The health of a nation is ultimately a matter of politics. We can grimace at this fact all we want—or resign ourselves to the belief that clinicians and scientists should never wade into such matters—but the reality is that public health and politics are inextricably linked. The United States embodies the promise and peril of this dynamic. Historical political decisions that have been codified into law or ossified into structures help to perpetuate many of the social inequities that shape our lives today. Political will and courage, however, have resulted in some of the most important population health advances. Whether it is through Medicare and Medicaid, civil rights protection, or the expansion of public education, investing in people has never proven to be a bad idea. And for all our advances in science and technology, the most pressing challenge for countries today is spreading these innovations more effectively and evenly.


This is why the inauguration of Donald Trump poses a serious threat to public health. As the months have passed since the 2016 election, and with each decision and cabinet appointment since, it has become clear that the Trump administration’s policy agenda is fraught with harmful measures that will exacerbate health disparities.


There is the decision, or at least the strong suggestion, to repeal the Patient Protection and Affordable Care Act with no compelling rationale or clear strategy. Even previous bipartisan remedies are no longer considered reasonable. The alternative—or philosophical replacement—appears to be returning to a social condition where almost one in six people are forced to go without health insurance. It could also mean a return to the cruel barriers enforced through “pre-existing conditions”—leaving over a quarter of people under the age of 65 uninsurable due to circumstances we know that neither Republican nor Democrat can predict or control in their lifetime.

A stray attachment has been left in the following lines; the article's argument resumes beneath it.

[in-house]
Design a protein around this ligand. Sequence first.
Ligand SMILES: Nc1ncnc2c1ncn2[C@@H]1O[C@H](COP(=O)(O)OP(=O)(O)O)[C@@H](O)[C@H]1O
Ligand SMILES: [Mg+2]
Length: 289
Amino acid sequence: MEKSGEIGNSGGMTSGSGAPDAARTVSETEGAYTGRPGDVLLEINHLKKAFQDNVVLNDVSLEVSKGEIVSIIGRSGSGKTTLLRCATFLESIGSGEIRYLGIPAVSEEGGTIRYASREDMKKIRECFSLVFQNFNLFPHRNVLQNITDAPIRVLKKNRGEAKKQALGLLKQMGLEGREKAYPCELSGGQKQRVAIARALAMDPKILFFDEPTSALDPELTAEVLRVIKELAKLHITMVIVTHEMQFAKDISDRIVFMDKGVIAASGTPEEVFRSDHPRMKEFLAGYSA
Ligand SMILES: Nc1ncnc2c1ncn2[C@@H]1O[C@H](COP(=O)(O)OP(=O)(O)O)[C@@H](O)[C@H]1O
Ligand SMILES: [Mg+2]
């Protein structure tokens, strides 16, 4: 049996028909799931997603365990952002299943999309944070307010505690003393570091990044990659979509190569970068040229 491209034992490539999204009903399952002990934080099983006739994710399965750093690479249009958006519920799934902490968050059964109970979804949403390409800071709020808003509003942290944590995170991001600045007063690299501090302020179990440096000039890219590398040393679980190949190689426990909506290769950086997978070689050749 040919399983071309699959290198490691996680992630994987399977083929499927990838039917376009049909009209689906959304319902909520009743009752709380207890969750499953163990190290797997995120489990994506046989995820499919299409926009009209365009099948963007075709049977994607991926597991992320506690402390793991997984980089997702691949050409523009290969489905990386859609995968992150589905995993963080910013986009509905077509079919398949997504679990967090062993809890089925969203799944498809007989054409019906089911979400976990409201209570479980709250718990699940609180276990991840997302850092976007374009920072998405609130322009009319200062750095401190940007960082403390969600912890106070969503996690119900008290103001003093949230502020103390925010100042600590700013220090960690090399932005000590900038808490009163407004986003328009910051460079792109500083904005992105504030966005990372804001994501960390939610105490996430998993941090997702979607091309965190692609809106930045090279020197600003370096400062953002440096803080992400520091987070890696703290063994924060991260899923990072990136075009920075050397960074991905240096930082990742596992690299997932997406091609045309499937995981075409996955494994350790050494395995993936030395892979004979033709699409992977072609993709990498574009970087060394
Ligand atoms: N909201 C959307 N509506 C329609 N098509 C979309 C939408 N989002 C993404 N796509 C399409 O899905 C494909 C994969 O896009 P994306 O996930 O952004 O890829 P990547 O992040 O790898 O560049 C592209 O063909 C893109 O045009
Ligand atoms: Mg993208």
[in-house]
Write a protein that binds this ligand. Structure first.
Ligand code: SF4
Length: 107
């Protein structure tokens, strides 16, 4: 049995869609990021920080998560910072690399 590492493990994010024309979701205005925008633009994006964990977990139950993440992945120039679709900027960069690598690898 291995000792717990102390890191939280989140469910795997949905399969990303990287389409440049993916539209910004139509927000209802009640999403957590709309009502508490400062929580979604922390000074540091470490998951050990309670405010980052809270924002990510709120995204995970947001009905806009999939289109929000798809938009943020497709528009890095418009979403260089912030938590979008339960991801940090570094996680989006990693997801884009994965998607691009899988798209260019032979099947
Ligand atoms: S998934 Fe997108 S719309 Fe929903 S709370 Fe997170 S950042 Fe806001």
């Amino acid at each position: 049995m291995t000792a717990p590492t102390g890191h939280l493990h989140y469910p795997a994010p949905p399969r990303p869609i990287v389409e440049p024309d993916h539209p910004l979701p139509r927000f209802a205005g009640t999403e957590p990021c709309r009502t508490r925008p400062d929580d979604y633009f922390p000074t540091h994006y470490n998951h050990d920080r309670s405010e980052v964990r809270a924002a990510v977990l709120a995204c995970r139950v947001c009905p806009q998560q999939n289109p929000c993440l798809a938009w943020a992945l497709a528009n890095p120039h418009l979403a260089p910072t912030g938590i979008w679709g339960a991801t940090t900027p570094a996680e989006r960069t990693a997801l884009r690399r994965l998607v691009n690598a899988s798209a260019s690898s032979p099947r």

To be sure, the Affordable Care Act is no panacea for better health. Its core ideas stem from a conservative think tank, and their initial implementation by a Republican governor allowed the Act’s benefits to reach patients in states led by members of both parties (most of the time). But amid its success in cutting the number of uninsured by nearly half and ensuring that more than 20 million people received access to primary care (many for the first time), the steady rise in deductibles remains a serious problem and one that needs to be addressed head on. As it happens, nearly two-thirds of Americans support a Medicare-for-all system that would prioritize universal coverage. While there will almost inevitably instead be a flurry of proposals pointing to the market for solutions, the Trump administration may soon learn that competition alone is no substitute for compassion or community when it comes to health care delivery.